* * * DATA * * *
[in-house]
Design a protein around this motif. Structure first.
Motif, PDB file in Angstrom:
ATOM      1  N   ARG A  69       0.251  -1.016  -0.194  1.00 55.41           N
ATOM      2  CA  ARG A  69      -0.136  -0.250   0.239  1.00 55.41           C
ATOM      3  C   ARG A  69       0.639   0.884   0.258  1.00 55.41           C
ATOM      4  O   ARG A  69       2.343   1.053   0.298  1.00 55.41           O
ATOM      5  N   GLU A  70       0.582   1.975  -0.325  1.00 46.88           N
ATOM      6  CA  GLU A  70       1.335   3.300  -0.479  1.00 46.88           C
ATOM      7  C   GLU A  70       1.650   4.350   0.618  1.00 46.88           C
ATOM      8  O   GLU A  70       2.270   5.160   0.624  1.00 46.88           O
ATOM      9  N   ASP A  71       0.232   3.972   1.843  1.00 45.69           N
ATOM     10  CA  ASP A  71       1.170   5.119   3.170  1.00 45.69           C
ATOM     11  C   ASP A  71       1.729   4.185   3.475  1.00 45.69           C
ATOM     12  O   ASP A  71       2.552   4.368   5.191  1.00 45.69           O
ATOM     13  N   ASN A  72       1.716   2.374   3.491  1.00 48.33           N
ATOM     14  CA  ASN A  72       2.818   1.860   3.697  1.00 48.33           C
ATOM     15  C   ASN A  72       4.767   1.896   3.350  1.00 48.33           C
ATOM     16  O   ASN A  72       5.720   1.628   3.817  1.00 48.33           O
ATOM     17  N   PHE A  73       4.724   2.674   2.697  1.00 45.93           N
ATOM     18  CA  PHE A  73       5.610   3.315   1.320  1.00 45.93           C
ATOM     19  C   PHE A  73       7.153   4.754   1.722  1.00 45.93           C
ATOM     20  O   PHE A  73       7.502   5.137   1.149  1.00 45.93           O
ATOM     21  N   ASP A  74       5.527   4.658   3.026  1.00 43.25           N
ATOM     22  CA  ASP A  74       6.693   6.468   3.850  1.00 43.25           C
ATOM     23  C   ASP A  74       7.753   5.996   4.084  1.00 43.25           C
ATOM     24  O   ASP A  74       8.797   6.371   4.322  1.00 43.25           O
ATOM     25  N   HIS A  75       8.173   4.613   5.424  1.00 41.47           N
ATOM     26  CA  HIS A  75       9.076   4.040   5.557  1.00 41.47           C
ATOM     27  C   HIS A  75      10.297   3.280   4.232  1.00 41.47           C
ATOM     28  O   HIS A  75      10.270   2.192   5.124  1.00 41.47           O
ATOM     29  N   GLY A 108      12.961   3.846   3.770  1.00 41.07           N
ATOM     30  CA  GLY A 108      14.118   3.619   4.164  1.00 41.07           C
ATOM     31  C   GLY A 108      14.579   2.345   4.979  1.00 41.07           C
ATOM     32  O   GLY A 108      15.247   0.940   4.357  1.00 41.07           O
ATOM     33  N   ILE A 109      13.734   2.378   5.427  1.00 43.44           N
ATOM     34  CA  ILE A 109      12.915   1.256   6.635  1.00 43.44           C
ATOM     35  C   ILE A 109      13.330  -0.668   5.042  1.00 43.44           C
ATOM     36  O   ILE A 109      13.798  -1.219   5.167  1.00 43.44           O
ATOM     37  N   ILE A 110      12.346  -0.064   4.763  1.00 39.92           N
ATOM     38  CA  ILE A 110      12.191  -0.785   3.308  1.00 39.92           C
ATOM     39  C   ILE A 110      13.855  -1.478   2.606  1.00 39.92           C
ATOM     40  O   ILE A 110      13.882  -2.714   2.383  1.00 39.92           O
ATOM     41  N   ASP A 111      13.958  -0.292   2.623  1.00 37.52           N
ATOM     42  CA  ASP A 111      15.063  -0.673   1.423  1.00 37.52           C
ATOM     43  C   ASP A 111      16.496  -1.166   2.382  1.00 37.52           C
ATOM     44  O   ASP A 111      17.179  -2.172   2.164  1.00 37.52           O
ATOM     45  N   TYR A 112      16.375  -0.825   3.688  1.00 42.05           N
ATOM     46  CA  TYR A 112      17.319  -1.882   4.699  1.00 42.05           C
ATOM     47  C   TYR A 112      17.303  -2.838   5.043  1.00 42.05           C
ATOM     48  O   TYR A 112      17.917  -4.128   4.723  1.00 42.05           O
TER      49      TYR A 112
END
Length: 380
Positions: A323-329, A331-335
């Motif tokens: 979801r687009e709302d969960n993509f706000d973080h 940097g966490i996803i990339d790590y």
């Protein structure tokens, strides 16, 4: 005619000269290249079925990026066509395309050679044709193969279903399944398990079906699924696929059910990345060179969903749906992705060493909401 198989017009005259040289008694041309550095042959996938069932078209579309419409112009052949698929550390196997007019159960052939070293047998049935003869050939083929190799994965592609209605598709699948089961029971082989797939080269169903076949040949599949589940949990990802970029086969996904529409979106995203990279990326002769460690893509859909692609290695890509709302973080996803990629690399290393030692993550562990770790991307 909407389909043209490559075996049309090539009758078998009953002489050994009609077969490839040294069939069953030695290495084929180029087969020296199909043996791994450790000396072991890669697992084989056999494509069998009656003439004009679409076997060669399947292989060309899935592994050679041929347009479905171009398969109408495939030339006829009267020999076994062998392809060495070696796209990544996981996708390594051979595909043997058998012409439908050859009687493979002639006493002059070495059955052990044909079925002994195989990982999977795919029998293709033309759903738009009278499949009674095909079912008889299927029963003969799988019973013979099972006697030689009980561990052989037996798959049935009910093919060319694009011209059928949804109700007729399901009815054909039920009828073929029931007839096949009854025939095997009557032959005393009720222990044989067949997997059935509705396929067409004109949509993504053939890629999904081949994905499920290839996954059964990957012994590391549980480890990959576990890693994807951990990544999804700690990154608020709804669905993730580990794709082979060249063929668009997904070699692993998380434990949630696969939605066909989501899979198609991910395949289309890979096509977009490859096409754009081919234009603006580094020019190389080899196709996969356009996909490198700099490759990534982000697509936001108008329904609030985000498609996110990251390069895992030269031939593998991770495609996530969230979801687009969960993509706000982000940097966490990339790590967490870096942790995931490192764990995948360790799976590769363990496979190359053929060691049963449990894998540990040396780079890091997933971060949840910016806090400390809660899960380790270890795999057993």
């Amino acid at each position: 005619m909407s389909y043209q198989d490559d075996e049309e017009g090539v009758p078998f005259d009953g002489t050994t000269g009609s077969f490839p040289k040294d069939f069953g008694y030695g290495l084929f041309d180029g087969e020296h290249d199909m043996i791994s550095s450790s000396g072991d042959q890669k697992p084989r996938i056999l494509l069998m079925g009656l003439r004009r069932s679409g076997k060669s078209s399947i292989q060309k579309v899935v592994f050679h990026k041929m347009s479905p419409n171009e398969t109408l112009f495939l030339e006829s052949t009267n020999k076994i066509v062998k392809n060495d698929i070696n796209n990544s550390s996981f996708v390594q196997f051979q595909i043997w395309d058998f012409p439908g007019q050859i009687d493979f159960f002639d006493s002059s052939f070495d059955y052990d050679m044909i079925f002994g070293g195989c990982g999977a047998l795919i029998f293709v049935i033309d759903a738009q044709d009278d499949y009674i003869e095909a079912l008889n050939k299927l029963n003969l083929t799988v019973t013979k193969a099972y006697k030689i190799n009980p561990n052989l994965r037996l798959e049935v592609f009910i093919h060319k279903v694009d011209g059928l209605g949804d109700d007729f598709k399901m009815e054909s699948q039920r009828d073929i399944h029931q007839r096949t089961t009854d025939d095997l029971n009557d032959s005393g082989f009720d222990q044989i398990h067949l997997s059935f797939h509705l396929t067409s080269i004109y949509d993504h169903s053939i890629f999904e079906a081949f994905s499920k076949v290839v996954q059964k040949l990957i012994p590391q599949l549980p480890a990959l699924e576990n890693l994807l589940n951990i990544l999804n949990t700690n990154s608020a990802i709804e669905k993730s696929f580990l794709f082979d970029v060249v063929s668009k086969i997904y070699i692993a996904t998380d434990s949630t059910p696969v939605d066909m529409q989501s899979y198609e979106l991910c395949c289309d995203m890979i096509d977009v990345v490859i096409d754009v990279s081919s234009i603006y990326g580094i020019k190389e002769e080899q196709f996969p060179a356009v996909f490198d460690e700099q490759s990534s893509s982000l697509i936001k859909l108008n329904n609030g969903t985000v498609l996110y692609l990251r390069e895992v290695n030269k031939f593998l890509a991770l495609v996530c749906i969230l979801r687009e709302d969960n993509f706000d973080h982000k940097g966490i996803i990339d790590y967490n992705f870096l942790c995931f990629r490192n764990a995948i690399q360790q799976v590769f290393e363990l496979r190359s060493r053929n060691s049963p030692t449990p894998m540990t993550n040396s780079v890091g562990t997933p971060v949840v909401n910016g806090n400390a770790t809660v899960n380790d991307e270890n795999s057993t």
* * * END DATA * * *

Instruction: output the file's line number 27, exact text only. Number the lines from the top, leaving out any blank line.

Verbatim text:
ATOM     24  O   ASP A  74       8.797   6.371   4.322  1.00 43.25           O